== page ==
3.12 The company reported results of a 1‑way deterministic sensitivity analysis that showed that the model was most sensitive to changes in the incidence of surgical site infection. However, the model was still cost saving even when the lowest plausible surgical site infection incidence was used (0.5%). Two‑way deterministic sensitivity analyses were used to explore the combined effect of surgical site infection incidence and relative risk, and surgical site infection incidence and cost of surgical site infection. The results were cost saving in all cases. This was further supported by threshold analyses that reported the following break-even points (deemed by the company and the EAC to be unlikely or implausible):
a cost of surgical site infection of less than £1,410
incidence of surgical site infection of less than 0.24%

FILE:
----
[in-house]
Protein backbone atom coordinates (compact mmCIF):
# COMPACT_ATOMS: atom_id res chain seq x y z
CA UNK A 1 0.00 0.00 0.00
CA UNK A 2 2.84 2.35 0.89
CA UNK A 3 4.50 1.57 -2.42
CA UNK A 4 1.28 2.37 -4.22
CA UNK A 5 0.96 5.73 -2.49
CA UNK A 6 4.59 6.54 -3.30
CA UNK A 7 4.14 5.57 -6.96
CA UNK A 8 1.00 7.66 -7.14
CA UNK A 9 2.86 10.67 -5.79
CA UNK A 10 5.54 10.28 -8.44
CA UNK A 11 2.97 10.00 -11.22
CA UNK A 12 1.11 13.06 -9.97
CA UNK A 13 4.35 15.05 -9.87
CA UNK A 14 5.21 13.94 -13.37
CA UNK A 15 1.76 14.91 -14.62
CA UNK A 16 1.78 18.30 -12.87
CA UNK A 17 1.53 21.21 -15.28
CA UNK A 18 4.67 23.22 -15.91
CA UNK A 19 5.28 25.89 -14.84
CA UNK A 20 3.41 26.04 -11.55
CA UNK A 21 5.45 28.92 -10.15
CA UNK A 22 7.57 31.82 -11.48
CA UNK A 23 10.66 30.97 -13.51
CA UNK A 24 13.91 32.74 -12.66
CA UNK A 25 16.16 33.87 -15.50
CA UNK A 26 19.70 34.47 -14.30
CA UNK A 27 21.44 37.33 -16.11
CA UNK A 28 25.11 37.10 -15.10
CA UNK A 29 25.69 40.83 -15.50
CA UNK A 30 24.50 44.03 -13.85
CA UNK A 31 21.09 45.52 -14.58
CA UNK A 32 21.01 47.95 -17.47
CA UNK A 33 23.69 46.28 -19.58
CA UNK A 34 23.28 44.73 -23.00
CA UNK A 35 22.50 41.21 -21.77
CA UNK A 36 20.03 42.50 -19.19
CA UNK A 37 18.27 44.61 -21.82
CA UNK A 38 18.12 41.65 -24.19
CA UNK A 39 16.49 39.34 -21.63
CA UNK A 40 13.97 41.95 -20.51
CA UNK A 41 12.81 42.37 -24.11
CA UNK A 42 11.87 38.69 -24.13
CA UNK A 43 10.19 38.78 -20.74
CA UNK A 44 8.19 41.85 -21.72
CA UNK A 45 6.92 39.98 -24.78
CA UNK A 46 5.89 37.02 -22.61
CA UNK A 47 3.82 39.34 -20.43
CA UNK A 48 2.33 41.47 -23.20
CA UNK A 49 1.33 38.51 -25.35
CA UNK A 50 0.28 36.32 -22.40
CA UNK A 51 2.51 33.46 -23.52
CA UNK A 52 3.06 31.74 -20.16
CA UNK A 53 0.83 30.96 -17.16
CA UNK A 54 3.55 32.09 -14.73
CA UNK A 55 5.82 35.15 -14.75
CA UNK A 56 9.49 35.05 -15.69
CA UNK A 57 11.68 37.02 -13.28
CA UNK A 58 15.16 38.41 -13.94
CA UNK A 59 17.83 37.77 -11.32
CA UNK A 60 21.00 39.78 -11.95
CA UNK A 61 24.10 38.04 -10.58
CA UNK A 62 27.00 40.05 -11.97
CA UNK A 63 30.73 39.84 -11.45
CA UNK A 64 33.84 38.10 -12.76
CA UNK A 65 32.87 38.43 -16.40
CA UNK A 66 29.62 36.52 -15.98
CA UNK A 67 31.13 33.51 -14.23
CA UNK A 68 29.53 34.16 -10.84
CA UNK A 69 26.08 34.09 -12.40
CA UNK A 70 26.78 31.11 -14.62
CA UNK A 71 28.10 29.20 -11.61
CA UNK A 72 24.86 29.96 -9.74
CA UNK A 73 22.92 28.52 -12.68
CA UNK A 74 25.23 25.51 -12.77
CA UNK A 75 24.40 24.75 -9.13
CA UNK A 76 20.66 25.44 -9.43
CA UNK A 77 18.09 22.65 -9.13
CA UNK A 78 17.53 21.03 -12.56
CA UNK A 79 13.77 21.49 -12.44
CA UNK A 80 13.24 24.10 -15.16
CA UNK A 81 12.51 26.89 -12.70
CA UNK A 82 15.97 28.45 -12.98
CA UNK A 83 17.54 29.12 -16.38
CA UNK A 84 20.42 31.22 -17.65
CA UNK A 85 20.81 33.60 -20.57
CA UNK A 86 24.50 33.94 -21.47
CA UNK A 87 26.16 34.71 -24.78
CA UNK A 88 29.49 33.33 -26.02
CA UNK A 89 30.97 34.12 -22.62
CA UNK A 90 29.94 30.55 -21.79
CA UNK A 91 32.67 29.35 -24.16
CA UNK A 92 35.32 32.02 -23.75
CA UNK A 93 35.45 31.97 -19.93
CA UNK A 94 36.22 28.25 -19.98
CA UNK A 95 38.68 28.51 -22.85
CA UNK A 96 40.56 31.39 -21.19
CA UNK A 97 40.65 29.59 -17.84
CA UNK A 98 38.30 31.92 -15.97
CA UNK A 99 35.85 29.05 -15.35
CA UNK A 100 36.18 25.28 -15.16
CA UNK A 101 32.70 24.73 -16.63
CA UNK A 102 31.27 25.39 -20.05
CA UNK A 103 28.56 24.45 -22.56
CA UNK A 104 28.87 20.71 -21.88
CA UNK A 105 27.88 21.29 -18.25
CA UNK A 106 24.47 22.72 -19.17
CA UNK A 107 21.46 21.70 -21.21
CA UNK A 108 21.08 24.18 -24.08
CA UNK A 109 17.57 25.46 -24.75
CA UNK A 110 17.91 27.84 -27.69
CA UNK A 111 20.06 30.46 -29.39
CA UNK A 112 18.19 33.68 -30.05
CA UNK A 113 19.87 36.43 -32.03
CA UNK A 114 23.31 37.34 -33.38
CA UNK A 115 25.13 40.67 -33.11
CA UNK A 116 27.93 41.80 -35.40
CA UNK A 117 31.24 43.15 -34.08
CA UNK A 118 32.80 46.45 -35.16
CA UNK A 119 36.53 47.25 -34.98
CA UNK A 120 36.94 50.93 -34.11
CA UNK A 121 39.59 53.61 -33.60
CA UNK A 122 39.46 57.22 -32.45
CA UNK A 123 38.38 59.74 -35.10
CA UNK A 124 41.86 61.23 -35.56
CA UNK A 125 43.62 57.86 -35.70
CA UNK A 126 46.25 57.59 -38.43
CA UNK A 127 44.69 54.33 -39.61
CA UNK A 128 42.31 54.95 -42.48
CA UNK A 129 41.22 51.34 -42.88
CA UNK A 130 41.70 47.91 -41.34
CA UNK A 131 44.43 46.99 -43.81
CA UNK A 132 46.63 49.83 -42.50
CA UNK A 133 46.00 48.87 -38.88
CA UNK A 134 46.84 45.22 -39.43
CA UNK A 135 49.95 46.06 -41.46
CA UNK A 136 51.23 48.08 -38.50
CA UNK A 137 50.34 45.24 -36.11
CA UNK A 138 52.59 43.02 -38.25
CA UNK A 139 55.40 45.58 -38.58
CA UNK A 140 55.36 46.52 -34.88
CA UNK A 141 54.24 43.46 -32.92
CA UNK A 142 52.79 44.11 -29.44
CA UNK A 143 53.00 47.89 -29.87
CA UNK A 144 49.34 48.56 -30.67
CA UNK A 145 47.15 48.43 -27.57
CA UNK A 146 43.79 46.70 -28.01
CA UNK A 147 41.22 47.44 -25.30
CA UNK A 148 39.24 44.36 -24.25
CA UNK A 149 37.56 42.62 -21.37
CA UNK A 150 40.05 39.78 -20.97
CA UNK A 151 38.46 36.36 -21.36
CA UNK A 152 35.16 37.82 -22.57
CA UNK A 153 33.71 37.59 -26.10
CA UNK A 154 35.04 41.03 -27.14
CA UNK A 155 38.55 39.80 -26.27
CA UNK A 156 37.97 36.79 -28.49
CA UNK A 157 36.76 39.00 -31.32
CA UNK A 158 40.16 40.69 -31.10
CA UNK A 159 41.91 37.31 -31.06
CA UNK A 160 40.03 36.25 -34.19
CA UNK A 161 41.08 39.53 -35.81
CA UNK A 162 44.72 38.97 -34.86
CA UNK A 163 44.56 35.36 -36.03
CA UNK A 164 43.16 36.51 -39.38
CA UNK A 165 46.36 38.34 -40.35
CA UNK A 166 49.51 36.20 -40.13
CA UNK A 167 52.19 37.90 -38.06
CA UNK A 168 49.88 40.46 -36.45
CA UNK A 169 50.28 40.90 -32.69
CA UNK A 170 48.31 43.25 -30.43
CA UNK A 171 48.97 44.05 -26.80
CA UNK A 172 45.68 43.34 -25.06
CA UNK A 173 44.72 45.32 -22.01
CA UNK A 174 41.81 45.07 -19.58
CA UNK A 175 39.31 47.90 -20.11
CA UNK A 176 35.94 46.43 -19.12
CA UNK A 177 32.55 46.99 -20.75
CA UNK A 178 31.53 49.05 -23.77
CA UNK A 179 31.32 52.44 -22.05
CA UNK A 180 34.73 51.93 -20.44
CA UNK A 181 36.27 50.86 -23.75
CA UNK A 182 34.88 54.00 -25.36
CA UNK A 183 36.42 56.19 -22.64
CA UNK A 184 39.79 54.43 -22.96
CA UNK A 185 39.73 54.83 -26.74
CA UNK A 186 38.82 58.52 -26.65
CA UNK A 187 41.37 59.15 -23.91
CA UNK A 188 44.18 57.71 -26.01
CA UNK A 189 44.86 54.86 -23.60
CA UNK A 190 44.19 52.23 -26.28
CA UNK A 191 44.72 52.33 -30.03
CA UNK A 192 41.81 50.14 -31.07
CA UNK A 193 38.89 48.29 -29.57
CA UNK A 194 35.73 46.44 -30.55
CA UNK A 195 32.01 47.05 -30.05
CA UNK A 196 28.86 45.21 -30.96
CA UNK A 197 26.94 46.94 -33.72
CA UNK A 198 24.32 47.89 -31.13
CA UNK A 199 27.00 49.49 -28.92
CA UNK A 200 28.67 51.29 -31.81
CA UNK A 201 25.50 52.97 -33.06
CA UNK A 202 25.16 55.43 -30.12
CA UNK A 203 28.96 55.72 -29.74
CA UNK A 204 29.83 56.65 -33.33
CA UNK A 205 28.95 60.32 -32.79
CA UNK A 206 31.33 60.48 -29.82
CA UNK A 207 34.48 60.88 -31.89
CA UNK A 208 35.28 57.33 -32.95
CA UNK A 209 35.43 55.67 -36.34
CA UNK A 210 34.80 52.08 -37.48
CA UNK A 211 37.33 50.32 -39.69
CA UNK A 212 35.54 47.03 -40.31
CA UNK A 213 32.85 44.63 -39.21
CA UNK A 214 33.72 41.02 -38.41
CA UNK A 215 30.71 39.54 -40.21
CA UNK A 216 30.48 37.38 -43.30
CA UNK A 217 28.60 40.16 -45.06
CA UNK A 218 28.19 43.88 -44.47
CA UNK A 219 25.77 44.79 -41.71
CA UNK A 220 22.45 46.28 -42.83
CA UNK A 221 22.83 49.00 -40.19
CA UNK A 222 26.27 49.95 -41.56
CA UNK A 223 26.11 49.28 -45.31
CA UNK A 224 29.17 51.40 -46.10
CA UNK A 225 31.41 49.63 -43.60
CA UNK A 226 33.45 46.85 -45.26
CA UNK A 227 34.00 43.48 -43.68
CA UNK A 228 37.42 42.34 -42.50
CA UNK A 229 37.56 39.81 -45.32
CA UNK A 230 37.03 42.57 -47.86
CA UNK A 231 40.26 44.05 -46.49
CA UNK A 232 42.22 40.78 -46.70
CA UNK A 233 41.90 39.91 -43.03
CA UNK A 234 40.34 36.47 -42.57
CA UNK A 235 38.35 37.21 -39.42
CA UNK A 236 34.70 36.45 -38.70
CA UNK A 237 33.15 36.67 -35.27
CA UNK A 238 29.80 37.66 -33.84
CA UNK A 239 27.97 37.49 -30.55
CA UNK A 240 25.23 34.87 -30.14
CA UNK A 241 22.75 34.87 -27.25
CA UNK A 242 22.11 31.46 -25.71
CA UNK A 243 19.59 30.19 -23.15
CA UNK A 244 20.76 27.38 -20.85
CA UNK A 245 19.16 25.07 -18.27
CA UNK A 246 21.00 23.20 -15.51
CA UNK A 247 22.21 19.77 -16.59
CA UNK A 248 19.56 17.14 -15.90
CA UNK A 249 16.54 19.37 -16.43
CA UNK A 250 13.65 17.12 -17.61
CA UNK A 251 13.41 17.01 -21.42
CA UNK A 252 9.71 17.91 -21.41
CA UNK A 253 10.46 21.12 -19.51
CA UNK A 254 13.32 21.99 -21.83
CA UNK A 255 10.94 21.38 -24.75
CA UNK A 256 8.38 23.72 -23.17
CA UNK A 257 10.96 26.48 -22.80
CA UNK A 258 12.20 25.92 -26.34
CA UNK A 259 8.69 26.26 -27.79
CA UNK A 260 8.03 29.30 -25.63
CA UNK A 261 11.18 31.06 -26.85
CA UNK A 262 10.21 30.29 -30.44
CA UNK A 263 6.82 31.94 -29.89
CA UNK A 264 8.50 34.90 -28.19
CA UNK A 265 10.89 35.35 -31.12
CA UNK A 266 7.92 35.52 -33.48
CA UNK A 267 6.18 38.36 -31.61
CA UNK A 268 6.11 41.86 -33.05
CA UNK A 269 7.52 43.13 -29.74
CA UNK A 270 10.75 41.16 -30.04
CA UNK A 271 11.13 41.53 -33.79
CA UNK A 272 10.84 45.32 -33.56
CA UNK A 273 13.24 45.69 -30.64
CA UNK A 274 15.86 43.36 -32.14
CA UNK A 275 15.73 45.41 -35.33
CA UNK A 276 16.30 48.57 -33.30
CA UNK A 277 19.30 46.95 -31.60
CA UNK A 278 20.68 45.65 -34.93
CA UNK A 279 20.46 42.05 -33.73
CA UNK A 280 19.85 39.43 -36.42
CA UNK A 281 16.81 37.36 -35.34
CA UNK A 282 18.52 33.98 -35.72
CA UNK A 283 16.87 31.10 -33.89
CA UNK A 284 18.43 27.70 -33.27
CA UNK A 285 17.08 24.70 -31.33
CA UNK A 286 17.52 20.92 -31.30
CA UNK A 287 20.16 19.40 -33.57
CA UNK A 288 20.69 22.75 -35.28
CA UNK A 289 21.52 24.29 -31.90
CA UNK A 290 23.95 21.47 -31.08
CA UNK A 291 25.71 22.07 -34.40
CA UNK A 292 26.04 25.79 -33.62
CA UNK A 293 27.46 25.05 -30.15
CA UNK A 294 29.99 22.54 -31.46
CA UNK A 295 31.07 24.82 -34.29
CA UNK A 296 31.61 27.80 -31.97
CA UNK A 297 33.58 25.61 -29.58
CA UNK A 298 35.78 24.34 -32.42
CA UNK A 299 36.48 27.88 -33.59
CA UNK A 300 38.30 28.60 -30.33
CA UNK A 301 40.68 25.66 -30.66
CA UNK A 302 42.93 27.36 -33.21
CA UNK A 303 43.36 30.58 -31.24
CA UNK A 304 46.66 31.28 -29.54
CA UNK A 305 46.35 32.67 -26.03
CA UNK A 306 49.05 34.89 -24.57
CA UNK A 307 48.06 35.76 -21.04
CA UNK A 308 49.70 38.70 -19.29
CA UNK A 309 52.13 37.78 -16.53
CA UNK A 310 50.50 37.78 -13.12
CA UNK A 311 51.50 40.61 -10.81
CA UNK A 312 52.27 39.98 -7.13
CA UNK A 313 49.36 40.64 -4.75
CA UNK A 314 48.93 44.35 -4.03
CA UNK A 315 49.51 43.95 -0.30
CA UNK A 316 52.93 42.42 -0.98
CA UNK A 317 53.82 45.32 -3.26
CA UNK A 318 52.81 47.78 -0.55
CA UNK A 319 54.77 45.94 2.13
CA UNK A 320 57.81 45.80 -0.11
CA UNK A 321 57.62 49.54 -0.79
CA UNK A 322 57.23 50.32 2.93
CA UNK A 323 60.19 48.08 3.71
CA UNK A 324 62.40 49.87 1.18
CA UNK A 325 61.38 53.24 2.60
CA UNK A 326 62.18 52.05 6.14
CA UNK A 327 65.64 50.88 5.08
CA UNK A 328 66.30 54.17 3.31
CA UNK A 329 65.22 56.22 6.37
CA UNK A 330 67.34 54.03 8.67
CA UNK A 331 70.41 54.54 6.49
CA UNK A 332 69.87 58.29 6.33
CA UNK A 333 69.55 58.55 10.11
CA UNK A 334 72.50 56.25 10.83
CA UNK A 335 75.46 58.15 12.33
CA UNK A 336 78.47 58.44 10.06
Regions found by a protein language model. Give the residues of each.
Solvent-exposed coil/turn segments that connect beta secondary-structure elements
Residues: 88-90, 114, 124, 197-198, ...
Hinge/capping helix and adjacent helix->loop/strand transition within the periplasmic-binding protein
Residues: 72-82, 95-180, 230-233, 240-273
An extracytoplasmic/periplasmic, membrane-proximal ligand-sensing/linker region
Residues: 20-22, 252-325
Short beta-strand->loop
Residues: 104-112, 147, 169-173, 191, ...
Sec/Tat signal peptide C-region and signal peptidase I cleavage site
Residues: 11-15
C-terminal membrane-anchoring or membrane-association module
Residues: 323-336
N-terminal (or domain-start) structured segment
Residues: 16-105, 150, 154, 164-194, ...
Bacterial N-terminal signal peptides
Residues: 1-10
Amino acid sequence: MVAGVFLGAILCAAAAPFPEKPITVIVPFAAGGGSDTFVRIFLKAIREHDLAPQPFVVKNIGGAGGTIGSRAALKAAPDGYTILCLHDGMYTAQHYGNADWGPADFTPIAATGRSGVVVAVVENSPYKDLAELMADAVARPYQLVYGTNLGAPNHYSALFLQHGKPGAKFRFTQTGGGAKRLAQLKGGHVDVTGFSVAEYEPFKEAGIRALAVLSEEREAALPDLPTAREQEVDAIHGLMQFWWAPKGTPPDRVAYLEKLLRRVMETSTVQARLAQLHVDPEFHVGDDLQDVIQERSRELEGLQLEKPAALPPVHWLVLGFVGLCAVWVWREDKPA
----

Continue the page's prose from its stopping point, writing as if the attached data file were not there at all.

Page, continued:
a relative risk of 0.93
at least 21 sutures.
The results of the probabilistic sensitivity analysis, reported for the base case only, showed that Plus Sutures was cost saving in 99.8% of iterations (out of 1,000 iterations). The summary result was that Plus Sutures was associated with cost savings of £13.96 (95% credible intervals £4.97 to £22.22) per person.
3.13 The EAC did additional sensitivity analyses that explored the uncertainty in the cost savings associated with each subgroup (adults, children, clean wounds and non-clean wounds) and the effect of different relative risk values reported in the EAC's meta-analyses of the clinical evidence (study quality, sample size and location). Plus Sutures was cost saving in all subgroups investigated. The most uncertainty was in the clean wound subgroup (£9.30; 95% credible intervals -£2.24 to £19.26; 94.6% probability of cost saving). The meta-analysis showed that the size of the effect of using Plus Sutures (lowering the risk of surgical site infection) diminished when only studies of a high quality, or large sample size, were included in the analysis (see section 3.5). The sensitivity analyses showed that using Plus Sutures remains cost saving when the relative risk from the higher quality studies and studies with larger samples sizes was adopted, but there was more uncertainty in the results.